As I read my way through the Deepak Lal book* I mentioned yesterday, I find an exposition on “The Classical Theory of the Business Cycle”. He wrote the book in 2004-2005. The text should have been a warning: never ever forget your classics! Please see this and this article as background to discussions of what went wrong with economics in the last years. One of these issues is the recent belief often expressed here pre-2008 that business cycles, or boom-and-bust cycles, had disappeared (at least almost).
I will allow myself to take Lal by his words – “While there may be a case for patents for industrial products because of the large required investments in R & D, does the argument also apply to pure research, books, music and films? (…) There was no patent when Pythagoras discovered his theorem or Newton his law of gravity” – and upload a pdf of a page in his book to make it available online for free [follow the link here: Deepak Lal Business Cycles]. In these paragraphs one is reminded that the work that triggered Friedrich von Hayek’s nomination for the Nobel Prize for Economy was his theory of the business cycle developed in the 1930s and 1940s. Lal tells us:
“At the center of the business cycles in this classical […] view are interacting movements in business profits, investments and credit. Recurrent fluctuations in a privte enterprise economy are caused by the changing outlook for profits. When it is favourable, investment and production increase, and conversely when it deteriorates. Rising investment fuels growth, which ceteris paribus will produce more profits and further investment. But, the whole process is uncertain, as any act of investment is based on expectations about future relative prices. Every act of investment is thus necessarily a gamble (…).”
What happens when in the process the money supply increases [read: excessive credit growth/central bank policies…]? This triggers the “injection effect”, i.e. the distortionary effects of how the money supply is increased.
“If the injection of money is through the credit markets, then even if the total ensuing increase in the money supply is proportionate to the increase in economic activity and hence noninflationary [read: global liquidity boom due to globalization, and China’s rise and accumulation of reserves], the changes in interest rates induced by the expansion of credit could lead to false signals in the patterns of intertemporal prices and thence to a misallocation of resources.
For changes in the interest rate [read: cheap money due to abundant liquidity not disciplined by a tightening of money supply by the Fed in the boom years following 2001] will have a systematic effect on the pattern of prices which allocate resources among different stages of production. In modern terminology, a fall in the interest rate due to credit expansion will lead to businesses undertaking relatively more capital-intensive investment projects with lower prospective rates of return [read: “subprime” for “low prospective rates of return”]. The artificially low rate of interest induced by injecting money through credit expansion will also lead to an unsustainable boom as more investment projects are undertaken than can be completed [sounds just like the housing boom, doesn’t it?], and as the accompanying resource scarcities emerge, the boom will turn into a bust [yessir]. The economy will only recover once the “malinvestments” are liquidated [we’re not quite there yet, the banks still have toxic assets sitting around waiting to be disposed of] and resources reallocated in line with intertemporal consumer preferences [right now US Americans are learning to save] and resource availabilities [they are currently broke].”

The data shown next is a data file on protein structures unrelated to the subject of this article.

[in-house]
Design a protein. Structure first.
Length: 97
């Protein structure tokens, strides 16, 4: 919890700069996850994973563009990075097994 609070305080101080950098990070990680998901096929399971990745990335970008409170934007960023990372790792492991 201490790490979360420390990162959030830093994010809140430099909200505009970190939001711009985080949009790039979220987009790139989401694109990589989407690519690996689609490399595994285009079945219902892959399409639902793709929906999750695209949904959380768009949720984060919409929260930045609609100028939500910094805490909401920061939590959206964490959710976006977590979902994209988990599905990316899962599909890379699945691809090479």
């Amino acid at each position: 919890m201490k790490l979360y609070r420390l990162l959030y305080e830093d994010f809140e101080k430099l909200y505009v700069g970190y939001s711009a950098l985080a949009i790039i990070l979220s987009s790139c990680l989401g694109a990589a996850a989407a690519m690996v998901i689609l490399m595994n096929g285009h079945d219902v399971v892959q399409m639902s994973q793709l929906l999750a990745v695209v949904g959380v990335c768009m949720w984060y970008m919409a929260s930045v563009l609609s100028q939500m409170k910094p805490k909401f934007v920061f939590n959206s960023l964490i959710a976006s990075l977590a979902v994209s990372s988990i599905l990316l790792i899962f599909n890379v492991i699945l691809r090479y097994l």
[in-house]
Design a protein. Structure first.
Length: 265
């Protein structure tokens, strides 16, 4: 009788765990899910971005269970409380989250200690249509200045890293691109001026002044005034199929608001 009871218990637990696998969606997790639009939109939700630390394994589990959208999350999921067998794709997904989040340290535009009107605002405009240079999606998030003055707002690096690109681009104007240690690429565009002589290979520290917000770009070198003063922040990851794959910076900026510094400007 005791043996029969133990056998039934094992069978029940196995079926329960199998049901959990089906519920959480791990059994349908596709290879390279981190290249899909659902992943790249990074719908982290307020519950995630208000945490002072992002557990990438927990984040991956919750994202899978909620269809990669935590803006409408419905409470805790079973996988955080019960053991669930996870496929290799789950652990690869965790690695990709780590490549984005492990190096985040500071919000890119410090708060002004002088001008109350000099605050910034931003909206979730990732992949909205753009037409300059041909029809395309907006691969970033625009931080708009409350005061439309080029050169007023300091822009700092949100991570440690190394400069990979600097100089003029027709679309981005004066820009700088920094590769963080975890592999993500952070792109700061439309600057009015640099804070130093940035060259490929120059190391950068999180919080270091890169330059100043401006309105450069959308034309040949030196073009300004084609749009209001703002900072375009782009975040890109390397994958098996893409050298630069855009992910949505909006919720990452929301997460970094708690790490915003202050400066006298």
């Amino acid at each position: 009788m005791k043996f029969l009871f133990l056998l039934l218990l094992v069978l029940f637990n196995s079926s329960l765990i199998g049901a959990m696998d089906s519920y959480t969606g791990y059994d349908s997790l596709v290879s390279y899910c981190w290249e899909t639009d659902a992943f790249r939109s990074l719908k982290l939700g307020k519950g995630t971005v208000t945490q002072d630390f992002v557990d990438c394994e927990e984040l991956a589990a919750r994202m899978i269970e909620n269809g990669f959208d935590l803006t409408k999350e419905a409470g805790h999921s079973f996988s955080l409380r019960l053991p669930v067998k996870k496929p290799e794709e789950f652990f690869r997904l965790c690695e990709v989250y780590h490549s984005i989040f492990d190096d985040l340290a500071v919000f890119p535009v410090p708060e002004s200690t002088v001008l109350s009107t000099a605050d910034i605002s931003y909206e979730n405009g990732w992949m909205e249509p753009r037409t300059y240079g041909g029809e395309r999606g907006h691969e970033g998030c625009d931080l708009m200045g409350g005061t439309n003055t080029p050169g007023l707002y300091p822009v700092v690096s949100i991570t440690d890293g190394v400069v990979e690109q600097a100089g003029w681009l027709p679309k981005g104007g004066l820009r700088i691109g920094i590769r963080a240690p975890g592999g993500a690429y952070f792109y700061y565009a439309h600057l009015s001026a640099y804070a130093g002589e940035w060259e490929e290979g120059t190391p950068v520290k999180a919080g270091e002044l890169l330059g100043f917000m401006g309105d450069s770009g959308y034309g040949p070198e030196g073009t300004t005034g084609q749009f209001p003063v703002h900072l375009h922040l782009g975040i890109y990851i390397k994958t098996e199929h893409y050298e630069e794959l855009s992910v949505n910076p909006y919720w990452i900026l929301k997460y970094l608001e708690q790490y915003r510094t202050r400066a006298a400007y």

“But even with appropriate monetary policy, a private capitalist economy will inevitably have booms and busts. Unlike many contemporary theories of the business cycle which believe that shocks of various kinds are the true “causes” of business cycles, this older view sees the business cycle as being an endogenous self-sustaining feature of private capitalist industrial economies (…)”
Can public policy do anything to alleviate this boom-bust cycle? The simple answer is: very little. (…) They can perhaps soften the blow by easing monetary policy in the downturn. But, as the basic problem is the bad investments and excess capacity created in the boom, the only solution to this structural slump is to allow these distortions to be worked out, so that another period of expansion can begin.”
*the politics of this book are sometimes quite dubious. While the language in his passages on economics is relatively sober and certainly very professional, when it comes to his politics, we enter a realm of caricature and point-scoring. Anyway, at least it is entertaining. An interesting perspective coming from a conservative Indian, trained in Oxford (read: a lot of English Tory scepticism) and living in America. Here an example: What he thinks of the European Union? “The aim is to recreate a new Holy Roman Empire”. It is run by the French ENArque elite which “has seen its only hope of global influence in a Europe in which they would jointly exercise hegemony with the Germans”. Why the Mediterraneans and the Irish joined in the 1980s? “they have looked upon the subsidies, through the Common Agricultural Policy and other regional schemes they have obtained from Europe, as a drunk given free access to a liquor store”. Voila!